Poul M. Volther
Born in 1923, designer Poul M. Volther belonged to a generation of Danish creatives rooted in Scandinavian functionalism. Volther’s work is characterized by a mastery of form, as evidenced by his iconic EJ5 Corona Chair for Erik Jørgensen (1961/64). Highly collectible today, this singular piece has left an indelible mark on design history.
Volther originally trained as a cabinetmaker before studying at the Royal Danish Academy School of Arts & Crafts in Copenhagen. Over the years, Volther also taught at the Royal Danish Academy School of Design, influencing hundreds of young designers along the way.
In 1949, legendary architect-designer Hans Wegner (1914-2007) introduced Volther to the FBD, a Danish national cooperative association for producers of consumer goods. There, Volther worked under another Danish design great, Børge Mogensen (1914-1972), and went on to become FDB’s design director when Mogensen left in 1959. During his tenure at FDB, Volther created a range of chairs and sofas that can still be found in homes across Denmark.
Through the course of the postwar years, Volther’s design work exhibited an aversion to short-lived trends in favor of cool, functionalist aesthetics driven by Bauhaus-influenced, rationalist design thinking. He was always eager to try new approaches and experiment with new materials. The Pyramid Chair (1953) was Volther’s first foray into foam and featured a series of elliptical cushions separated by spaces. Though this design never found success, it was inspired by time-lapse photographs of solar eclipses and, in turn, inspired the design of the famous Corona Chair. The “skeleton” that supports the oval cushions of these chairs was intended to cradle the user’s spine and provide ample comfort. The unique visual profile that resulted likely contributed to the designs’ poor reception among Danes who, at the time, were not in favor of overly bold designs.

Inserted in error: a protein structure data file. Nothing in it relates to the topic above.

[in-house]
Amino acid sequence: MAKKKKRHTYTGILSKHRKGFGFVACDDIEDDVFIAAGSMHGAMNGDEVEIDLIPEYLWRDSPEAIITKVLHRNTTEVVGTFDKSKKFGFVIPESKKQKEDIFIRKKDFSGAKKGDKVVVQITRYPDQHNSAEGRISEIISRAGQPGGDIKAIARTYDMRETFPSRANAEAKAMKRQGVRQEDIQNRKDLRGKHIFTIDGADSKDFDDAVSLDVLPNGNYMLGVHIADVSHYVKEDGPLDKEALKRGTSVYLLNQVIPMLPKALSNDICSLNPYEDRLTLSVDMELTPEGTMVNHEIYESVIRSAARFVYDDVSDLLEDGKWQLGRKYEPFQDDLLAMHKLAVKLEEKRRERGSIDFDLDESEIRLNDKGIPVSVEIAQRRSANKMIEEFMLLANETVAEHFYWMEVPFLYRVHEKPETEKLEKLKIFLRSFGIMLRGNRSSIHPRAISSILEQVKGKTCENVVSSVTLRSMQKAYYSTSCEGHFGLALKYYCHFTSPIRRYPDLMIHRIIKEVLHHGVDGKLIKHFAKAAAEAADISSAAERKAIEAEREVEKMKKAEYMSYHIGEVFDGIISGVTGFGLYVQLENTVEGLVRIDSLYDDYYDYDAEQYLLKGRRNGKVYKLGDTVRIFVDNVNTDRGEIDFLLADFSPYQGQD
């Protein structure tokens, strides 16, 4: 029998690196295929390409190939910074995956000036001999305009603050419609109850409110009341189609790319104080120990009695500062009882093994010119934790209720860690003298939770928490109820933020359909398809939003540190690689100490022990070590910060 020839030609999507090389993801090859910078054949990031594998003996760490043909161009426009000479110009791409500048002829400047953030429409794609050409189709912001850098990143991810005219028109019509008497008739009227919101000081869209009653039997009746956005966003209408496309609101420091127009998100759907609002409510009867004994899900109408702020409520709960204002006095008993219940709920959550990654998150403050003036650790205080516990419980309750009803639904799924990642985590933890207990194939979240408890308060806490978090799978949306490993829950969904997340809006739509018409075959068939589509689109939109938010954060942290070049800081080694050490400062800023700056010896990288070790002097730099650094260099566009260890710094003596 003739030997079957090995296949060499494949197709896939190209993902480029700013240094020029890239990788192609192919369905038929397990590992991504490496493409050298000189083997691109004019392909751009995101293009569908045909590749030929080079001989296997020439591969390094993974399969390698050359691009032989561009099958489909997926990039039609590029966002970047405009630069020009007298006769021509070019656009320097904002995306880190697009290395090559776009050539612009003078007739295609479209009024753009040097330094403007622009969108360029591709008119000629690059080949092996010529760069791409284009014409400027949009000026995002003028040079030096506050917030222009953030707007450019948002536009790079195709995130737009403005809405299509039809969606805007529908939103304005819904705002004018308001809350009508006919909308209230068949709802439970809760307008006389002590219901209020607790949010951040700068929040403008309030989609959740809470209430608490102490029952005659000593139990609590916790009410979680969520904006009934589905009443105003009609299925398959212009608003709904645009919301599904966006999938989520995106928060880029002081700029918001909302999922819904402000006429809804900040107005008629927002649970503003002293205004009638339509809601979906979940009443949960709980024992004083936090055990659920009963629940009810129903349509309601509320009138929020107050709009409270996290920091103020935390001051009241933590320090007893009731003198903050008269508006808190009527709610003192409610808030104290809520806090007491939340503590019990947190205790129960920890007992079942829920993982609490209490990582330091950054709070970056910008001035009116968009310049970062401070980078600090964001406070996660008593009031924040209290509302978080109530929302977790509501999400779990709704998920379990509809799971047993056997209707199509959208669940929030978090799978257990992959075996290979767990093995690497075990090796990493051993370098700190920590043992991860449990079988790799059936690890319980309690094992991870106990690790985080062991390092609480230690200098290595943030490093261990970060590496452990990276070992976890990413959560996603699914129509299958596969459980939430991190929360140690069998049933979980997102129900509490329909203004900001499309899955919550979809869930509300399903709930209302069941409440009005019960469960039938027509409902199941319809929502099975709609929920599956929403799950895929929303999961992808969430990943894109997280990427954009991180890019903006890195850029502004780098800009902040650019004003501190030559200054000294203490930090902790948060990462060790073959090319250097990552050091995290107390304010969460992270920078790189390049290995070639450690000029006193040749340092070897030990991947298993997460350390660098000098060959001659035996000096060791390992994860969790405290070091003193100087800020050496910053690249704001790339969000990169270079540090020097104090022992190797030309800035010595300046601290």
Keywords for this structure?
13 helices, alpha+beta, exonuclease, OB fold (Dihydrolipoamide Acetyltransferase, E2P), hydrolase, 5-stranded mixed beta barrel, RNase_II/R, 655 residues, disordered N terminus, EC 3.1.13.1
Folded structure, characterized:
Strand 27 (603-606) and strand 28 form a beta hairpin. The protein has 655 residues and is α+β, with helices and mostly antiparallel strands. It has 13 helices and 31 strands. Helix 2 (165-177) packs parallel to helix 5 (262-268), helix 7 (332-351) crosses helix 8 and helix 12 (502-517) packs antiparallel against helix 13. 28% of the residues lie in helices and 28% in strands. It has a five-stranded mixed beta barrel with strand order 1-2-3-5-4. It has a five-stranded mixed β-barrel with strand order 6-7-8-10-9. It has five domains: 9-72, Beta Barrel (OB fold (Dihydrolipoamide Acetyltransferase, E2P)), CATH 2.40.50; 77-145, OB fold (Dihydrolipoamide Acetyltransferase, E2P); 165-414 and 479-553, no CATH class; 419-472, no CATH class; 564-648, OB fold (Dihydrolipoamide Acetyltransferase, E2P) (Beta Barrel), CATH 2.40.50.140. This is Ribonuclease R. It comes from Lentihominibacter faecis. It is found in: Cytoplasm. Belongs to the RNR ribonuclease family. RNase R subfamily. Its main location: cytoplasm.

In 1962, Volther found a partner in the then-new furniture manufacturer Erik Jørgensen. The company agreed to produce the Corona Chair with a chrome-plated steel frame. Despite the investment, this chair would not find a significant audience until 1997, when Erik Jørgensen re-launched it at the Cologne Furniture Fair in Germany, followed by the Scandinavian Furniture Fair in Denmark. One year after Volther’s death in 2001, the chair was used at the EU Summit in Copenhagen.
Volther’s designs have been produced by many design companies, such as Munch Furniture and Frem Røjle. However, his Corona Chair is considered his most memorable design contribution. It’s been featured in countless movies, fashion shoots, and music videos.